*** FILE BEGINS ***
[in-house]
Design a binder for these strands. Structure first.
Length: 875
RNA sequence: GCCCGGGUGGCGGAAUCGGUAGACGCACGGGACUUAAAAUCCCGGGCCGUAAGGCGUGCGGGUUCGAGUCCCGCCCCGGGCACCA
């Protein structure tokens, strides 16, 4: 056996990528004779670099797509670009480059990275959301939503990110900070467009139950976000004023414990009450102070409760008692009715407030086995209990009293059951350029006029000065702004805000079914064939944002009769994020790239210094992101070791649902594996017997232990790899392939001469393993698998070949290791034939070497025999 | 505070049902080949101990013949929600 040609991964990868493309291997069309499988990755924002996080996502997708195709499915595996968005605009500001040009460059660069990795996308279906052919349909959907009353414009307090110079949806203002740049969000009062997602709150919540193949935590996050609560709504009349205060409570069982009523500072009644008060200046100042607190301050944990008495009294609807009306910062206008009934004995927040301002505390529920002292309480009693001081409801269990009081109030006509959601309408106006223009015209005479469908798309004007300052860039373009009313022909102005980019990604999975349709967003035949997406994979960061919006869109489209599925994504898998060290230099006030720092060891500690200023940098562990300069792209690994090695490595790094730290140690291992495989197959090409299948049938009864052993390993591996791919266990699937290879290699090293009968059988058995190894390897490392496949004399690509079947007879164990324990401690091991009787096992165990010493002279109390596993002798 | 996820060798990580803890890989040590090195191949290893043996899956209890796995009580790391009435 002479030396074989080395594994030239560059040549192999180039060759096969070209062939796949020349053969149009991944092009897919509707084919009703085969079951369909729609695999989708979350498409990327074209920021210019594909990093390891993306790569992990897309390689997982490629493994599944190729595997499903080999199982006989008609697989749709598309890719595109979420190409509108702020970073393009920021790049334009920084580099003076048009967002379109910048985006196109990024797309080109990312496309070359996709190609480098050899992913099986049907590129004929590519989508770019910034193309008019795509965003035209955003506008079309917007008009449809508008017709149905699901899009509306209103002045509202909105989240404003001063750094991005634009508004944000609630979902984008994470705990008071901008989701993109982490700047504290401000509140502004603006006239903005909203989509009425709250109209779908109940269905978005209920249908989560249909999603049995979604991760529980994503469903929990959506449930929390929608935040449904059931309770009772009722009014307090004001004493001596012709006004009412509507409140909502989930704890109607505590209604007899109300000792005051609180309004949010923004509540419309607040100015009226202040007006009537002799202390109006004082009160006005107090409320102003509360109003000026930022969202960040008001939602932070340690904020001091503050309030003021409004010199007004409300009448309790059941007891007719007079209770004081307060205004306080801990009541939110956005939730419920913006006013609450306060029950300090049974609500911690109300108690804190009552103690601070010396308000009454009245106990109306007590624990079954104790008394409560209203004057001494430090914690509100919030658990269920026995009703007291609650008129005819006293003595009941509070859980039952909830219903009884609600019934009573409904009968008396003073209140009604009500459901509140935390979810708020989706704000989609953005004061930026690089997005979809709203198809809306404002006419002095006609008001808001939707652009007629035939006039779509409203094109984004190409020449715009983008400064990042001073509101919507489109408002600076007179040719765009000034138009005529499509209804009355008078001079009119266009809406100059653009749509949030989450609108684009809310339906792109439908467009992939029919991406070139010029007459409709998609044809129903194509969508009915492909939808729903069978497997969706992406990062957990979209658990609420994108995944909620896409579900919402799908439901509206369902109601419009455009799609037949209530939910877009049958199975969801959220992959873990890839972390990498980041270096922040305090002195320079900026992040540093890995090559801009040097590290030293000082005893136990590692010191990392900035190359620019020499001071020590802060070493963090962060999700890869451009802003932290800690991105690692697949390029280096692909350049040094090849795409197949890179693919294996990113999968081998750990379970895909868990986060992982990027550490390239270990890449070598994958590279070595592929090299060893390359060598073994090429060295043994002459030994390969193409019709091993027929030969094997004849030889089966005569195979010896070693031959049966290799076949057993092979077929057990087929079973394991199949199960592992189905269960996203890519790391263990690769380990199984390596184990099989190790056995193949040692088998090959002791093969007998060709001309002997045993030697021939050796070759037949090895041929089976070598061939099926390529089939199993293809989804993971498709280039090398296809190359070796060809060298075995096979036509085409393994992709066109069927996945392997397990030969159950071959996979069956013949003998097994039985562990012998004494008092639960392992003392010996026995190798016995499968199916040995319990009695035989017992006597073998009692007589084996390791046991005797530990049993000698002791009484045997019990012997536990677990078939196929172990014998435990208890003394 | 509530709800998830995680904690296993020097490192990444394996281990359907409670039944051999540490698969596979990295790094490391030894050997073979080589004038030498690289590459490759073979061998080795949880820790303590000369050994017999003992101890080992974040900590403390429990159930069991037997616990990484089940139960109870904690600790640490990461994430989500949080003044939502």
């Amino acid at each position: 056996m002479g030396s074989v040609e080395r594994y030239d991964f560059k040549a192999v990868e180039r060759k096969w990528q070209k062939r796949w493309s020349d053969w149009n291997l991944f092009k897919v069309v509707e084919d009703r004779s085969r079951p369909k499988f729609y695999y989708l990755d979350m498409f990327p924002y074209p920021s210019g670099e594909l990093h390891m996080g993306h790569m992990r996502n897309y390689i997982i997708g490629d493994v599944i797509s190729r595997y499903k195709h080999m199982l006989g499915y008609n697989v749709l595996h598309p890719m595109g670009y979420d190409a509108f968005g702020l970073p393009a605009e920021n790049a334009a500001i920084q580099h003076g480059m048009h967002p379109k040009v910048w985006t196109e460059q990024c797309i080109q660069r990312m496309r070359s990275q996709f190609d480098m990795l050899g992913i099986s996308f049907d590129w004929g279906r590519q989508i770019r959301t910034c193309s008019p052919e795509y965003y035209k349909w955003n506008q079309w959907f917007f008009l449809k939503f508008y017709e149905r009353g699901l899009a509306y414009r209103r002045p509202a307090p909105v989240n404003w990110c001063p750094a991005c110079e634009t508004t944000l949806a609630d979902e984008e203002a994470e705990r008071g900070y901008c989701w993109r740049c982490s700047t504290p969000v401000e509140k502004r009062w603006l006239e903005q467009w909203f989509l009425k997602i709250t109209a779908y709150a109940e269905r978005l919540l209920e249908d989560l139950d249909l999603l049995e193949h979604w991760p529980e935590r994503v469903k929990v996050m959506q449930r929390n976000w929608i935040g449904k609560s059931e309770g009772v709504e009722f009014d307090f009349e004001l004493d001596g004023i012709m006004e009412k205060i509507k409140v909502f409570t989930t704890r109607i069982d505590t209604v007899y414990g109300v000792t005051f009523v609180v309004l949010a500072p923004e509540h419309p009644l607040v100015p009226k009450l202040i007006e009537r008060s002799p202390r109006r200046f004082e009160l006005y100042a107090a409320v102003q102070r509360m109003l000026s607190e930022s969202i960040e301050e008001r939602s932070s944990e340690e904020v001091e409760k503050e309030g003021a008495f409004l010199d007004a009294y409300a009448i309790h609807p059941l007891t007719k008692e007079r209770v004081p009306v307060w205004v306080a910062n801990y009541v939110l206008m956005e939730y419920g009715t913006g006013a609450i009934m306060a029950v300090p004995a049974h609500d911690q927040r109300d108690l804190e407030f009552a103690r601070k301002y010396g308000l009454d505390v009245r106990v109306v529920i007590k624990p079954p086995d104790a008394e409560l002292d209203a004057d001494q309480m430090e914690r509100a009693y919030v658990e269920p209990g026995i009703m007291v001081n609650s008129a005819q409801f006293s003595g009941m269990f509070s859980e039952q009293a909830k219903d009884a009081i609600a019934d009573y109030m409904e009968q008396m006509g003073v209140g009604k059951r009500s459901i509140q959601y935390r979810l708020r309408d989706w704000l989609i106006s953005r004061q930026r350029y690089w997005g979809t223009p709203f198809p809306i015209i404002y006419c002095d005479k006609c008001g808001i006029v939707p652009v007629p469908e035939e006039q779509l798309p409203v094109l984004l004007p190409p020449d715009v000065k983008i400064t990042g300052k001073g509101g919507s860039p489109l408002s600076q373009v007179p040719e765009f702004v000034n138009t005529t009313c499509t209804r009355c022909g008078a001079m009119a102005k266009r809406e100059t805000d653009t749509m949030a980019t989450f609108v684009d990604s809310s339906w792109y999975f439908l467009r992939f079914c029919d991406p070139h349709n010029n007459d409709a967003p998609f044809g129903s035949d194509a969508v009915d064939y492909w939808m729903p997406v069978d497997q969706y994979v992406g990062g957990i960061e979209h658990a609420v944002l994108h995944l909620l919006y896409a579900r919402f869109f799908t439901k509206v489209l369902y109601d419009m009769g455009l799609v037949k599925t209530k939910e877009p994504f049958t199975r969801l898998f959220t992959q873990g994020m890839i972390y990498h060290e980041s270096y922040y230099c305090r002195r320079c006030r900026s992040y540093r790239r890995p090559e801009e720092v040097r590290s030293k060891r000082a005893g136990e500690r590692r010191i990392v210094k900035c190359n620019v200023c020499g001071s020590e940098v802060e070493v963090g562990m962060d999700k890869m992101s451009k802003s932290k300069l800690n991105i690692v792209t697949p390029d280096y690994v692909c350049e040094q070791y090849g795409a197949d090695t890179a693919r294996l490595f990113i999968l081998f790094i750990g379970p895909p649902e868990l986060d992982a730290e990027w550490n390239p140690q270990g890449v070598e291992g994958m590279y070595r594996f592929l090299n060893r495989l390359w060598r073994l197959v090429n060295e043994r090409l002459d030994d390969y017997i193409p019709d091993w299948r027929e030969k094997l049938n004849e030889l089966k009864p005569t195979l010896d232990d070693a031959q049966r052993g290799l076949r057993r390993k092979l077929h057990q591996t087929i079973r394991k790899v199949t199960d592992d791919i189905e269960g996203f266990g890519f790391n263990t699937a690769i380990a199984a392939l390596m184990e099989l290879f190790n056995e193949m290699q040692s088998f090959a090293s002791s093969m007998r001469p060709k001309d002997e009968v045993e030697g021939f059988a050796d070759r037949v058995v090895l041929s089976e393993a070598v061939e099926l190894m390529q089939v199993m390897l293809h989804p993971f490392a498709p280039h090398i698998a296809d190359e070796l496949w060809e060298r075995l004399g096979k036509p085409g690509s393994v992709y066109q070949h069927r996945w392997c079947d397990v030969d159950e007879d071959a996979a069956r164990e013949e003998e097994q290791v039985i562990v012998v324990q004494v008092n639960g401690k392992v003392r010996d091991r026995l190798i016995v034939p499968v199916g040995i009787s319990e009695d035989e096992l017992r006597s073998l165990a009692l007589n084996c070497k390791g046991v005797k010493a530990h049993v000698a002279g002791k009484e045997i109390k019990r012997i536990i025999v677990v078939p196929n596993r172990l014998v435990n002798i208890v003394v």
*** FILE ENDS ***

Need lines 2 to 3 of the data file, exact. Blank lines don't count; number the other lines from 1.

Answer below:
Design a binder for these strands. Structure first.
Length: 875